I had an interesting conversation last night with a friend of mine who seems to feel another friend we have in common (though I haven’t seen her for a few years) is “stuck” in her marriage. He went on to tell me how he basically interrogates her to see if she will tell the truth because he feels all she does is lie about her situation. This struck a nerve with me and catapulted me into my own little tirade. Well, the tirade was in my mind but I tried to explain my point of view as calmly as I could, but there was certainly a burr under my saddle and I was bucking inside.
My first question was, “why do you feel the need to interrogate her?” to which he responded, “Because she lies”.
Oh here we go!
Of course she lies! Why in the world would she ever want to open up to someone who only points out the problems in her relationship? Why would she tell you the truth of what is going on, only to have you give her that, “I told you so” attitude? Why would she tell the truth only to open herself up to your disappointment? He made the point that he knows she is not happy and she just won’t admit it. Well…Of course she won’t!
Here’s is my experience as a “flaming” codependent:
I made some stupid choices in my life and for stupid reasons. They were my reality at the time so I will cut myself some slack there. However, I already knew I made the wrong choice and I was beating myself up inside, all on my own. I didn’t need any help there. I didn’t need to hear what others thought. I suffered from my own guilt and disappointment; I didn’t need anyone else’s. Do you know what it does to a person struggling with codependency and people-pleasing issues to hear that someone is disappointed in them or how they are handling things? Why, oh why, do you think we need your opinion about our lives? We know it sucks! We know it’s unhealthy! We know, we know, WE KNOW!
I personally, suffered from pride. I didn’t want anyone to know what was going on in my relationships. I wanted to be seen as a woman who could handle life and everything that was thrown at her. I wanted people to see that I had it all together. I didn’t want them to see the pain in my heart or the guilt I suffered from the choices I had made. I didn’t want to acknowledge my own disappointments and I certainly didn’t want to hear yours. I KNOW MY LIFE WAS A WRECK!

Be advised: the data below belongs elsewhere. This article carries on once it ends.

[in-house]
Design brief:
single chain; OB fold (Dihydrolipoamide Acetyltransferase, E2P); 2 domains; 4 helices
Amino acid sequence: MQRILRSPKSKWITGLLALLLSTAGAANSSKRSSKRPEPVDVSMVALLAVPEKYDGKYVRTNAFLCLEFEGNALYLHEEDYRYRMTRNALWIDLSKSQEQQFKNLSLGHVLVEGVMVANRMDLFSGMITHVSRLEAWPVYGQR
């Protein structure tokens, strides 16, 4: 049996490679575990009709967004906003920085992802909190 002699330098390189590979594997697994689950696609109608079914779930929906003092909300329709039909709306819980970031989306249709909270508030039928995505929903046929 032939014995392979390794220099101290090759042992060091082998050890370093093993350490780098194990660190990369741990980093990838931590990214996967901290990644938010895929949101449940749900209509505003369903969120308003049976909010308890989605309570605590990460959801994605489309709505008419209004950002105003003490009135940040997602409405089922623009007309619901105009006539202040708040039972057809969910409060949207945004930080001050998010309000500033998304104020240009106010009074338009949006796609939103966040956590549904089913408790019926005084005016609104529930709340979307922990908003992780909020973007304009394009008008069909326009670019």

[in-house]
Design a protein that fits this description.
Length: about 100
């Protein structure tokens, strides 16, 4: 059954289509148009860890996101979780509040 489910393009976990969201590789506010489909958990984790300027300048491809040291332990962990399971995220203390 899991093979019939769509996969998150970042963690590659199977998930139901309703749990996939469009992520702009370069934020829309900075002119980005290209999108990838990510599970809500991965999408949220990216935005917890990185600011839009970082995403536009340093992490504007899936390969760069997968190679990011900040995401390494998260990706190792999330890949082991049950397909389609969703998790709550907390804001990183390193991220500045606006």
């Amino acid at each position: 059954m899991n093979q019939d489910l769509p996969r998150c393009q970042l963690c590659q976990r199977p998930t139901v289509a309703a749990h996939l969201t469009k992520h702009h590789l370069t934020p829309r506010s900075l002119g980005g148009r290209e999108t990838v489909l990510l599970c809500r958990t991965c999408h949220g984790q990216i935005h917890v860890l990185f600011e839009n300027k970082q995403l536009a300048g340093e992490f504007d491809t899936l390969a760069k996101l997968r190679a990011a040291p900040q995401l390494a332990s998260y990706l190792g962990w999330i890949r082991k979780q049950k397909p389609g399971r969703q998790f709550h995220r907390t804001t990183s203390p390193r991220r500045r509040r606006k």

Of course I lied about it! Of course I avoided people because I didn’t want to see their disappointment in me and my choices! Of course I suffered alone! That is what I did! It has been my experience in dealing with other codependents that this is not uncommon, so I feel safe enough to say, she may feel the same way. I tried to explain this all to him as best I could without all the anger and frustration that I felt inside, not only for myself as someone who wants to be understood, but for her as well.
I offered the suggestion that the next time he sees her and can see that she is not happy, don’t ask her questions. I told him to tell her, he can sense something is wrong and that if she ever wants to talk, that he would be there to sit and listen. LISTEN being the operative word. Don’t offer your opinion. Don’t tell her what to do. Don’t judge her and rub it in her face that you know she is unhappy. All that stuff just pours salt in an already deeply open wound.
I am going to generalize this statement as I feel my past dealings with other codependents allows me to: We need to feel safe to open up to someone! As I stated previously, we are already suffering from pain and disappointment in ourselves, we don’t need it from others!
If you feel someone is struggling and unhappy in their relationship/life, be the safe person they can open up to. All you need to do is reinforce that you are there whenever they are ready to talk. Be willing to LISTEN and not fix. Be gentle and encouraging in your words. It may take awhile but they may eventually open up to you if you make it safe for them to do so.